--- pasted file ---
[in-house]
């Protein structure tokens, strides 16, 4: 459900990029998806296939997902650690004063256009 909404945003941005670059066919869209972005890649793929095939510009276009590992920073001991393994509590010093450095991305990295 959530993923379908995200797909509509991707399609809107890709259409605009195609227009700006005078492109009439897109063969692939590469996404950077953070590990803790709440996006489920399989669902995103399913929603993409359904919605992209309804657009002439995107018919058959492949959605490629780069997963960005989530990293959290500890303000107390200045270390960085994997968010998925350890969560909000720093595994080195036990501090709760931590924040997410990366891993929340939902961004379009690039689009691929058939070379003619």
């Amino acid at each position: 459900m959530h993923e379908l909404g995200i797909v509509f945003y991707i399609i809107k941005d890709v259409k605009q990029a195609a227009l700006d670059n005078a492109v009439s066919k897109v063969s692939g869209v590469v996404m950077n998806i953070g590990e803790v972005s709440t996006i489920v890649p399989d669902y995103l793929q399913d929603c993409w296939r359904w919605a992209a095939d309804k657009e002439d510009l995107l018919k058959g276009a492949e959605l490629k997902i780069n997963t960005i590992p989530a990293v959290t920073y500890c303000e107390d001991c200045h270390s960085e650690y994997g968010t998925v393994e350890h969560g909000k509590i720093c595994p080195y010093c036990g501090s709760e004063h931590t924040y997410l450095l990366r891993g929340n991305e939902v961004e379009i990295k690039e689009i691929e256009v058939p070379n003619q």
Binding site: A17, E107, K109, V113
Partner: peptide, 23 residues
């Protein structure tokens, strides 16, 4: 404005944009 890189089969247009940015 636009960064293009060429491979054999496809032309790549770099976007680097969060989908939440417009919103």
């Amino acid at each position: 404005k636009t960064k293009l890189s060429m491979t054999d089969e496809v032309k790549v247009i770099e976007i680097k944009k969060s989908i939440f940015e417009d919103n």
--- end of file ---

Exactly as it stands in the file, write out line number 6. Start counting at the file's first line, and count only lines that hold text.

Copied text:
């Protein structure tokens, strides 16, 4: 404005944009 890189089969247009940015 636009960064293009060429491979054999496809032309790549770099976007680097969060989908939440417009919103």